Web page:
The UN released its latest Human Development Report (pdf) last week. It’s the 20th year they’ve produced the report, and it shows nothing but progress on the Human Development Index, the report’s metric of wellbeing composed of income, life expectancy and literacy rates. This is something they quite rightly celebrate, before exploring the changes in a variety of ways. There are new tools to break the HDI down to show inequality, and some interesting conclusions on economic growth.
If you compare changes in the HDI and in GDP per capita, you get a strong correlation – but then a third of the HDI is income, so that’s not surprising. The graph below right shows schooling and health without the HDI’s income component. Comparing this with GDP per capita over time, “the correlation is remarkably weak and statistically insignificant”, to use the report’s own words.
There are a variety of reasons for this. One is that there is a lag as rises in income translate into improvements in healthcare and education. And once countries are developed, there are fewer gains to be had in wellbeing. As technologies and new medicines filter down, it’s cheaper for poorer countries to adopt them than it was for those who developed them, meaning income is less important.
Nevertheless, the Human Development Index includes countries where income growth has stalled, but gains in wellbeing have still been made. “If economic growth was indispensable for progress in health and education, countries with falling GDP would not beprogressing in health and education” says the report. “But this is not the case: Iran, Togo and Venezuela experienced income declines, yet their life expectancy has risen an average of 14 years and their gross school enrolment an average of 31 percentage points since 1970.”
That doesn’t mean that income is unimportant of course – rising incomes bring all kinds of benefits, and very poor countries need to grow. But it does show that economic growth is not essential for providing good lives, even in developing countries. This really ought to have consequences for our policy making:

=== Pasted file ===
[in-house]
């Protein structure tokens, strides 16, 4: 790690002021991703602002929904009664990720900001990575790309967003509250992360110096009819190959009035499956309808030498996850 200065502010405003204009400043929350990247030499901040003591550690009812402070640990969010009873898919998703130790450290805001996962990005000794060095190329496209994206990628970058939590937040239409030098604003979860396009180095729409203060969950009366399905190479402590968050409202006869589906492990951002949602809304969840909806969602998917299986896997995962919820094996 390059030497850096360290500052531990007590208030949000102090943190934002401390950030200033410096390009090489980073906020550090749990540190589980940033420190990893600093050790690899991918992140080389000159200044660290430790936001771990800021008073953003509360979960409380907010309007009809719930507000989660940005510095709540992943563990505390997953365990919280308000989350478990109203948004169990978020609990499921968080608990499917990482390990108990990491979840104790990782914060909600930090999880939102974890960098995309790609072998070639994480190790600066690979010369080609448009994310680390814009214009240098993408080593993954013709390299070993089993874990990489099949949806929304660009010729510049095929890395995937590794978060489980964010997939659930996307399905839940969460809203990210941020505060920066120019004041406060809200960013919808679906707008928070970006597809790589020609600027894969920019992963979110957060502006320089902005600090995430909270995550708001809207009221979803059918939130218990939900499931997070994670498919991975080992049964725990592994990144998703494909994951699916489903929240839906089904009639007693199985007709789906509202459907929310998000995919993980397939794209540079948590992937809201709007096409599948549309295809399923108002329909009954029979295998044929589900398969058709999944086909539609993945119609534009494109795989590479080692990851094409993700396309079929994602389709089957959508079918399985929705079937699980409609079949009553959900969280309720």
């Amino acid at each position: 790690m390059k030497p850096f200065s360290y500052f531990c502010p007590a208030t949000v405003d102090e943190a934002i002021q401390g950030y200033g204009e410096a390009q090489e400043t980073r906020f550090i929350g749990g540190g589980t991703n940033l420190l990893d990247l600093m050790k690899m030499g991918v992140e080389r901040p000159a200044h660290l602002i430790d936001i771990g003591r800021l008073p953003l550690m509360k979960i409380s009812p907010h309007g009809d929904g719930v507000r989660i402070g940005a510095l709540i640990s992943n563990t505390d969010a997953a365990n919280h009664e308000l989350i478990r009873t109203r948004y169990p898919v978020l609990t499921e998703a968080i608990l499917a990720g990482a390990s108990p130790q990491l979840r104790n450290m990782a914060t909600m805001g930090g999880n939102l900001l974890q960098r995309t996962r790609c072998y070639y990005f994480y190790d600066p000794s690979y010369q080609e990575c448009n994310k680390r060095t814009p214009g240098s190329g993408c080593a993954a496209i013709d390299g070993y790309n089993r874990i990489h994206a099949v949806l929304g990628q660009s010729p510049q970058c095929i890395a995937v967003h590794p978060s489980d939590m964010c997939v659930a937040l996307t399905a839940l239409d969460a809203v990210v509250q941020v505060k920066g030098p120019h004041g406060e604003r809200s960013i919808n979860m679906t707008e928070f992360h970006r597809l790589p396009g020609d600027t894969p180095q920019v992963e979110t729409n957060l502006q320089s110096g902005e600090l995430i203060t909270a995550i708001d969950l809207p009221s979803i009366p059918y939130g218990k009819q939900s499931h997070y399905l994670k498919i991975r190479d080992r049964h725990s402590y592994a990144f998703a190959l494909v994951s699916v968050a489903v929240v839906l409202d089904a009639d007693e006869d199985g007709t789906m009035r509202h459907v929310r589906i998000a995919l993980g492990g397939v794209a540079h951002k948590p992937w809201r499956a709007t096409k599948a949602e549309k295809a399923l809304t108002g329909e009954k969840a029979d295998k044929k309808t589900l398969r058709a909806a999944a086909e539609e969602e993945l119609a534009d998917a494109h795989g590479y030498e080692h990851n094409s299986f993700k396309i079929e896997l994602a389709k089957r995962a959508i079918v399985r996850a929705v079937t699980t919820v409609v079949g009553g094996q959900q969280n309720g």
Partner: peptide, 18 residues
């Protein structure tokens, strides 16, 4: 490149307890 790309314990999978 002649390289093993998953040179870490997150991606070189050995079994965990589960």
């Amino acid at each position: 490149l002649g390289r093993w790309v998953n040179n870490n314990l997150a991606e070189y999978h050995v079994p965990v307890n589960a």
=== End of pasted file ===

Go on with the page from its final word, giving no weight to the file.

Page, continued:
“Much development policy-making assumes that economic growth is indispensable to achievements in health and education. Our results suggest that this is not the case. This does not mean that countries can forget about growth—we have underlined that growth generates important possibilities. Rather, the results imply that countries do nothave to solve the difficult problem of generating growth in order to tackle many problems on the health and education fronts. This is good news.”
I’ll second that. It is good news for developing countries, and even better news for richer ones who have grown as much as they need to. Unfortunately the UN report doesn’t press this point. Having observed that growth isn’t essential even for poorer countries, it still doesn’t waver from the ‘growth is good’ mantra. Get to the section on sustainability, and all the solutions are around de-coupling growth from environmental impact, rather than asking if we actually need more growth:
“The main threat to maintaining progress in human development comes from the increasingly evident unsustainability of production and consumption patterns. Current production models rely heavily on fossil fuels. We now know that this is unsustainable—because the resources are finite and their impacts dangerous. The close link between economic growth and greenhouse gas emissions needs to be severed for human development to become truly sustainable.”